Mathematica Stack Exchange is a question and answer site for users of Mathematica. Join them; it only takes a minute:

Sign up
Here's how it works:
  1. Anybody can ask a question
  2. Anybody can answer
  3. The best answers are voted up and rise to the top

Consider the following:


Now I would like to get the symmetric difference. Hence, the result must be {a,b,e,f,g,h} (whether the result is sorted or not is irrelevant)

BTW: Using Complement[list1,list2,list3] returns {a,b}, since Complement only "gives the elements in e_all which are not in any of the e_i." (Mathematica Documentation Center)

share|improve this question
up vote 8 down vote accepted

I think you are looking for this:

Complement[Join[list1, list2, list3], 
 Intersection[list1, list2, list3]]

or as suggested in the comments:

Complement[Union[list1, list2, list3], 
 Intersection[list1, list2, list3]]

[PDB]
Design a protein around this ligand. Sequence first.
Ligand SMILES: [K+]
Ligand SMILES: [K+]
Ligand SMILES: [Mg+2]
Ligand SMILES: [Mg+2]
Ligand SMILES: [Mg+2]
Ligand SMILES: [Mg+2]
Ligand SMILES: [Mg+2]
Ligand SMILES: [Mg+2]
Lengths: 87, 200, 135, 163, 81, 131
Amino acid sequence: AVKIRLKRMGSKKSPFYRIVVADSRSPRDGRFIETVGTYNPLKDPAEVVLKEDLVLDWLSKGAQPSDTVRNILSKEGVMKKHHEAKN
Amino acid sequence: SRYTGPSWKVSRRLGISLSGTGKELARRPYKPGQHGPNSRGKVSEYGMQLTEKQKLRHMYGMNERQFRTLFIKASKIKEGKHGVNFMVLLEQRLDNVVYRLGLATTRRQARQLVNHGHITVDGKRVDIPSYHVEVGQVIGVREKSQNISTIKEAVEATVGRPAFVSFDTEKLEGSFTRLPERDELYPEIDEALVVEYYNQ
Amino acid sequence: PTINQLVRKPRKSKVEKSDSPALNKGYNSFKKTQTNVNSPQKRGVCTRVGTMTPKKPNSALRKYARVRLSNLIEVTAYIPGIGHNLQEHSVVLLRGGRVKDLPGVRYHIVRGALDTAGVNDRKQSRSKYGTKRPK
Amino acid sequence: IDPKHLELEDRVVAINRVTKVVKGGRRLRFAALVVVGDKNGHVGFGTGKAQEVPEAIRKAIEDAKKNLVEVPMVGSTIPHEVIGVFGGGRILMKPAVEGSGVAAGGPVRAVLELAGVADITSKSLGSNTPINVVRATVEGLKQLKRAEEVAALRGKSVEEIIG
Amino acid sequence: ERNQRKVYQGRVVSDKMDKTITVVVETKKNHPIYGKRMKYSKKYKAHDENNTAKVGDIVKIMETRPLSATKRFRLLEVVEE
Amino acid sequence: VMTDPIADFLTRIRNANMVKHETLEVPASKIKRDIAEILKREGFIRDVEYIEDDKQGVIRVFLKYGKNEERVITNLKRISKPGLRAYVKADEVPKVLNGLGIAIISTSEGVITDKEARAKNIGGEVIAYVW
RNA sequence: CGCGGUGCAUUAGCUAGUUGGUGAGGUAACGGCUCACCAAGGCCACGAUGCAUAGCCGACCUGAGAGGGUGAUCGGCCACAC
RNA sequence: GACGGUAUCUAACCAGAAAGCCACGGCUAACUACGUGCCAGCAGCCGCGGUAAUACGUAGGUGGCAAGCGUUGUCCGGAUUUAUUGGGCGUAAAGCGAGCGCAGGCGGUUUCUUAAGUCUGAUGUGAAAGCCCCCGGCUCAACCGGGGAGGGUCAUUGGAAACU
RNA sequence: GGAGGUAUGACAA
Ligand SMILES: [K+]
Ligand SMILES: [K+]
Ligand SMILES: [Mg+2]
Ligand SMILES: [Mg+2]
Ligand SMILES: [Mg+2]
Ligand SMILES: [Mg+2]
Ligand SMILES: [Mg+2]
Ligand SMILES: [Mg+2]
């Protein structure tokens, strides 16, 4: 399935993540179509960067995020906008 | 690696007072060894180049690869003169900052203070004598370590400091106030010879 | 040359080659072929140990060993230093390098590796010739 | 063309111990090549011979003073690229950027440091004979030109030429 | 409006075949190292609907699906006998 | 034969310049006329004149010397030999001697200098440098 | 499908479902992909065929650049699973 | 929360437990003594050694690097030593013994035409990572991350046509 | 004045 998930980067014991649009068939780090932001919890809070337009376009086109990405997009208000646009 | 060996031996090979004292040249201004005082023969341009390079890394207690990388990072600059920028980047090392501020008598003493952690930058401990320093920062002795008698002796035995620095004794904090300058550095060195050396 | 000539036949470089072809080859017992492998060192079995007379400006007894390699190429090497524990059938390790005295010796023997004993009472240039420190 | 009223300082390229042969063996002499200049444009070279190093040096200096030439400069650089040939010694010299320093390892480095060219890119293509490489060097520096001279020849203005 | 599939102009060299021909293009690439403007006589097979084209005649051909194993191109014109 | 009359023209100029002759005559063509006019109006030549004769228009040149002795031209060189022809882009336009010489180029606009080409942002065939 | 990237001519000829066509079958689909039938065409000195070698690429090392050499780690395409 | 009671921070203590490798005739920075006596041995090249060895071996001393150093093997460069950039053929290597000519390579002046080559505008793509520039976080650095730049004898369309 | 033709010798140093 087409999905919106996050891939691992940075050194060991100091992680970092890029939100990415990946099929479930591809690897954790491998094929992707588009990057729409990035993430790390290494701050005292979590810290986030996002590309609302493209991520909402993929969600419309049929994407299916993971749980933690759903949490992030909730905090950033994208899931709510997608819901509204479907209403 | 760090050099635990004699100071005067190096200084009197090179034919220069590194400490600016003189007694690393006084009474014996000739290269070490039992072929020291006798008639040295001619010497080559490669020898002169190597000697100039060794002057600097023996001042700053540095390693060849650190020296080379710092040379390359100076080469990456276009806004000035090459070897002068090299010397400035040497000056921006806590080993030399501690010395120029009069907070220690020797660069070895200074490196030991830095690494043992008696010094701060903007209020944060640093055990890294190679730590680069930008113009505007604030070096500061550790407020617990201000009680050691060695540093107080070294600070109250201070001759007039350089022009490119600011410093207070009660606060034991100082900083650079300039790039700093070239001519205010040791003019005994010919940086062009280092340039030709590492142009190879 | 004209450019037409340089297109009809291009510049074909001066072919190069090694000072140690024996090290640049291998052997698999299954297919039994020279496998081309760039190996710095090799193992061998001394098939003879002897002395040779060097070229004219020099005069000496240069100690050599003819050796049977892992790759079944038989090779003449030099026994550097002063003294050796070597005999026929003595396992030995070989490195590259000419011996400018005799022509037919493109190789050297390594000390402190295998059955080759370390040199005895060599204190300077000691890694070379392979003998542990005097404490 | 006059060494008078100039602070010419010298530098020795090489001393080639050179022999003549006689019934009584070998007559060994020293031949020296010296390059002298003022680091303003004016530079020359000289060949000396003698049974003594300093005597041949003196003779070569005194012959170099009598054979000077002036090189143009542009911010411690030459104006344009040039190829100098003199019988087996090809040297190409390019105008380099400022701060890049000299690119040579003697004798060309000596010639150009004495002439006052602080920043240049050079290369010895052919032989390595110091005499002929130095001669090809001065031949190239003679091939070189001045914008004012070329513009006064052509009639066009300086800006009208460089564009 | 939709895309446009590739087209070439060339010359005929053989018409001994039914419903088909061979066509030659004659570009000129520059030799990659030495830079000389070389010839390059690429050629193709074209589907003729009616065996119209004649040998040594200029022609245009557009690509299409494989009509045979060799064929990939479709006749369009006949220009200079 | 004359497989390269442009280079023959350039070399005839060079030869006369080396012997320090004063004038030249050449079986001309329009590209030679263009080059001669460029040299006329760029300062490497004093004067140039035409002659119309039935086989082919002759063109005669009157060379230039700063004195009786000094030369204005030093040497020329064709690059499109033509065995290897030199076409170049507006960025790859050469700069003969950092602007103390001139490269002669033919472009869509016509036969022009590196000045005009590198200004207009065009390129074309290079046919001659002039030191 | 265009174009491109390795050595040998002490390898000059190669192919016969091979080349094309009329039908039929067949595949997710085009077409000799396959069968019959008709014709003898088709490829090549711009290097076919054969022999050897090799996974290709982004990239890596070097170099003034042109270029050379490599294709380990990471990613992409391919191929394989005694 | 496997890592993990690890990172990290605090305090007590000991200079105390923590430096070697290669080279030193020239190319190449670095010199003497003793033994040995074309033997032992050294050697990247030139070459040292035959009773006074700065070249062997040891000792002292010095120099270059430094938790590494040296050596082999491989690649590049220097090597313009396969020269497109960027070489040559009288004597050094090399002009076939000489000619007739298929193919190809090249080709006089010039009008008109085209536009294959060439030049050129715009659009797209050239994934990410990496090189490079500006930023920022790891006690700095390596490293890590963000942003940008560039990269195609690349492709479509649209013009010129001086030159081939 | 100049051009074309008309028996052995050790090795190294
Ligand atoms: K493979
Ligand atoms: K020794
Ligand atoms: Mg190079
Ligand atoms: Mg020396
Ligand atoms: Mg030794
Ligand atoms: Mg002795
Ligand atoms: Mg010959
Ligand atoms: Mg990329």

=> {a, b, e, f, g, h}

Note, that the h is present here but not the d. I assume this is a typo in the question.

share|improve this answer
So that's the list of elements that are missing from at least one set. Then h should be in the expected result too. – Szabolcs Apr 19 '12 at 14:30
@Szabolcs, that's a valid point. I have updated the post. – user21 Apr 19 '12 at 14:36
@Szabolcs, I assume that the d<=>h is a typo. We will see what OP has to say. – user21 Apr 19 '12 at 14:40
@John, most welcome. May I suggest that you fix the question to reflect this? – user21 Apr 19 '12 at 14:46
@John With the Join you get duplicates, while with Union you don't. Union is implementation of sum of sets, Join is just a concatenation of lists. – Artes Apr 19 '12 at 14:56

Your Answer


By posting your answer, you agree to the privacy policy and terms of service.

Not the answer you're looking for? Browse other questions tagged or ask your own question.